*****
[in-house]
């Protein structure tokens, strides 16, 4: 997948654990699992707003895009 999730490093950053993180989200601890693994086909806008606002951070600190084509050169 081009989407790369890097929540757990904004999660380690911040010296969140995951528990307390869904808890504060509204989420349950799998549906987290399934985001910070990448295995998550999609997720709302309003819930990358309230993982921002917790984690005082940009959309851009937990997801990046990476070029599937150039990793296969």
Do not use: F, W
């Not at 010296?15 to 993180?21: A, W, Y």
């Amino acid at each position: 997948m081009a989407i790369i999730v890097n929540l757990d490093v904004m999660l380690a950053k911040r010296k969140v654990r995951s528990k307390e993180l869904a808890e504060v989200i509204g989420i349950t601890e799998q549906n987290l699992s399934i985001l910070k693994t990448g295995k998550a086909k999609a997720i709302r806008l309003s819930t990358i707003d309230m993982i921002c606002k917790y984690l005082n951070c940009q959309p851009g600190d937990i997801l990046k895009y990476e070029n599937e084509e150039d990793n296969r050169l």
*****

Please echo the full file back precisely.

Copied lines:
[in-house]
């Protein structure tokens, strides 16, 4: 997948654990699992707003895009 999730490093950053993180989200601890693994086909806008606002951070600190084509050169 081009989407790369890097929540757990904004999660380690911040010296969140995951528990307390869904808890504060509204989420349950799998549906987290399934985001910070990448295995998550999609997720709302309003819930990358309230993982921002917790984690005082940009959309851009937990997801990046990476070029599937150039990793296969």
Do not use: F, W
């Not at 010296?15 to 993180?21: A, W, Y």
């Amino acid at each position: 997948m081009a989407i790369i999730v890097n929540l757990d490093v904004m999660l380690a950053k911040r010296k969140v654990r995951s528990k307390e993180l869904a808890e504060v989200i509204g989420i349950t601890e799998q549906n987290l699992s399934i985001l910070k693994t990448g295995k998550a086909k999609a997720i709302r806008l309003s819930t990358i707003d309230m993982i921002c606002k917790y984690l005082n951070c940009q959309p851009g600190d937990i997801l990046k895009y990476e070029n599937e084509e150039d990793n296969r050169l």